One of the keys to the company’s international success is its seamless merger of its online expertise with the physical world – a digital-first approach that helped the company remain resilient through the challenging Covid pandemic.

“We’re working on building a true omnichannel business in the UK and overseas,” says managing director Sarah Kaye. “We’re entering new markets through digital first, then supporting that with bricks and mortar. As well as partnering with platforms such as Amazon, we also continue to invest in our own direct-to-consumer platform. It’s so much more than a shop window now. It’s a one-stop shop.”

Research suggests that companies overseas are willing to pay a significant premium for UK brands. Kaye’s experience reflects that: last year, Pet Food UK turned over almost £20 million. It aims to hit £40 million by the end of 2023.

“Confidence in UK brands is still high,” says Kaye. “In Asia, one of the biggest markets for our super premium brand, people treat their pets as they would their children. And they still have the conviction that the UK is a stamp of quality, trust and confidence.”

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We’re entering new markets through digital first, then supporting that with bricks and mortar. As well as partnering with platforms such as Amazon, we also continue to invest in our own direct-to-consumer platform. It’s so much more than a shop window now. It’s a one-stop shop.”
Sarah Kaye
Pet Food UK

Building a brand abroad

When three brothers from London, Nohman, Rizwan and Imran Ahmed, decided to turn their love of sneakers into a business back in 2013, they ended up giving the world a whole new retail category: aspirational shoe care.

Crep Protect, which offers 32 shoe cleaning products, is now distributing to 52 countries worldwide, with 65 per cent of its business outside the UK.

“We made it cool to clean your sneakers,” says Rizwan. Crep Protect’s brand ambassadors range from Premier League footballer Dele Alli to American DJ and record producer DJ Khaled.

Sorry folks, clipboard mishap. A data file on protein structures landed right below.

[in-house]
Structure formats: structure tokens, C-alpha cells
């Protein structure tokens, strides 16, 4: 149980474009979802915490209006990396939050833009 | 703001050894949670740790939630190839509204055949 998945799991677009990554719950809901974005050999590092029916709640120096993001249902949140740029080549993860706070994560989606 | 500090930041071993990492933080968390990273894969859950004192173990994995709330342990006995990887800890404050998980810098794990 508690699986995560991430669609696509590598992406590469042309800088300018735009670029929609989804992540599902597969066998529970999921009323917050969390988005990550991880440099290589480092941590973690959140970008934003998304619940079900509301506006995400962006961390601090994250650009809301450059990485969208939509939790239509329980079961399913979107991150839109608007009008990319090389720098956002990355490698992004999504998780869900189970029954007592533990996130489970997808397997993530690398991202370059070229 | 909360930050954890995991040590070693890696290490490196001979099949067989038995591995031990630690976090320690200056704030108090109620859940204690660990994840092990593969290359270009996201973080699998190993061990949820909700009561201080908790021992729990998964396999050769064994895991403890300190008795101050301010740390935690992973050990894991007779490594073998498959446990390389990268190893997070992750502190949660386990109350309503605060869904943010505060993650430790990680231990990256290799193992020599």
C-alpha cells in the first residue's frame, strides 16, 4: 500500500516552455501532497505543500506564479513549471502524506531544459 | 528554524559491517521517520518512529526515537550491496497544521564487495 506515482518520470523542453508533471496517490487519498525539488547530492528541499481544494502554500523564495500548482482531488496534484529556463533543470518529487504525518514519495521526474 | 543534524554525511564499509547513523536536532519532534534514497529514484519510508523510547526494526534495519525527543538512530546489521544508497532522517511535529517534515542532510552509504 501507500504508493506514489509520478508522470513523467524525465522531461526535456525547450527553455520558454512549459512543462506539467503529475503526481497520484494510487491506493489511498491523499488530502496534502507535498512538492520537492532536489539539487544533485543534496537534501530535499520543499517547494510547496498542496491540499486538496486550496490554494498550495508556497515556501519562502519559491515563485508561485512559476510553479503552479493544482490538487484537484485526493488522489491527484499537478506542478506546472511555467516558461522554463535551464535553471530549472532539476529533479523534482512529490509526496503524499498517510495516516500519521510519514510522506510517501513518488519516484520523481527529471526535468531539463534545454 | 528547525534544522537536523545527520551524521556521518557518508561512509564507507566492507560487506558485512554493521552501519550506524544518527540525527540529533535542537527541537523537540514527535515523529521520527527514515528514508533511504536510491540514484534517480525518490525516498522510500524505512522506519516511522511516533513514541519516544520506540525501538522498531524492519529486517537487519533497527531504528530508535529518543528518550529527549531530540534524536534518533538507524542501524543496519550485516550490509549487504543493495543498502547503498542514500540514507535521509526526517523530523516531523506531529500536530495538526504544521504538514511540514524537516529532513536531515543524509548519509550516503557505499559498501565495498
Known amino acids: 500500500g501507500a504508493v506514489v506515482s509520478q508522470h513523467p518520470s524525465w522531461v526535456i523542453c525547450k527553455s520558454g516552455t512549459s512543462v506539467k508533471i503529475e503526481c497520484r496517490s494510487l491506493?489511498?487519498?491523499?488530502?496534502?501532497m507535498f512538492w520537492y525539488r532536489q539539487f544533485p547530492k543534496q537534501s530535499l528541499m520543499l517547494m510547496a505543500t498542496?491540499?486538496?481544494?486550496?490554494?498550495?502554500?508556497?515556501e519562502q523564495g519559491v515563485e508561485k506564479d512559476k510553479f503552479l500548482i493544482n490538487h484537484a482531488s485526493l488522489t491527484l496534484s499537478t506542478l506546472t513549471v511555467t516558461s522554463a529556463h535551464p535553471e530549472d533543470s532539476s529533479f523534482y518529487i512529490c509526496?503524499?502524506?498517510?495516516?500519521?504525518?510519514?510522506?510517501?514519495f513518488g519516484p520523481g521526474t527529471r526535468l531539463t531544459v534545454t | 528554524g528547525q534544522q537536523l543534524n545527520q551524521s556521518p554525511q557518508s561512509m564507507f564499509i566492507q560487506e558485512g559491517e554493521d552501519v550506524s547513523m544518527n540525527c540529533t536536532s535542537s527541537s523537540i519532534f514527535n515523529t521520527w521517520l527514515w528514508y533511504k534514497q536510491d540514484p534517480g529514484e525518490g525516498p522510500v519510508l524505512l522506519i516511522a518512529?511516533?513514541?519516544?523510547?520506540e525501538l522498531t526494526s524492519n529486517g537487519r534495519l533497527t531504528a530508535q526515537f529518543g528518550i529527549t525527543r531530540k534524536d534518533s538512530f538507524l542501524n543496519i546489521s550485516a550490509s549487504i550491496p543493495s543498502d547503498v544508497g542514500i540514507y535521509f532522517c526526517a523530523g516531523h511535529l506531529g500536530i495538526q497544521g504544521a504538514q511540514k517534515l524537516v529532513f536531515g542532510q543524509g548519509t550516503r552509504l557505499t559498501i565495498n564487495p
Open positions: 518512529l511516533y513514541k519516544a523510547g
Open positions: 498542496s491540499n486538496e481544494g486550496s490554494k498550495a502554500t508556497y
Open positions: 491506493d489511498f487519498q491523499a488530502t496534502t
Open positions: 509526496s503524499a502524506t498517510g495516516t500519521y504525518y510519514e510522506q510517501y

It has a 1.5 million-strong following on Instagram and millions of people watch the company’s YouTube stunts – whether they involve sending a pair of Kanye West Yeezy sneakers into space, or filming someone jumping into a bucket of melted M&Ms wearing a $30,000 pair of rare Nike Air Jordan trainers (and then cleaning off the chocolate to an Eminem soundtrack).

“The more outrageous we are, that’s what people tag on to,” says Nohman. “We know what our audience likes.”

But brand building abroad isn’t limited to celebrity endorsements. For The Cheeky Panda, which sells its sustainable bamboo loo roll in 35 countries, it’s about creating a strong brand look and a sense of itself that people across the world will recognise and respond to.

“When you go to a new market, you have low visibility, and people have to see you five to seven times to understand the brand,” explains founder Chris Forbes.

He credits co-founder and CEO Julie Chen with bringing the clean lines of fashion design to their range.

“People love our brand,” he says. “Lots of companies struggle to globalise, as they have to change their design and messaging for local markets. But from San Francisco to Stockholm and Shanghai, we don’t have to change the name.

 

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Our category is gigantic, worth £200 billion across all products. Getting one per cent of that business would make us a £2 billion turnover company – and one per cent of that is achievable.”
Chris Forbes, Founder
The Cheeky Panda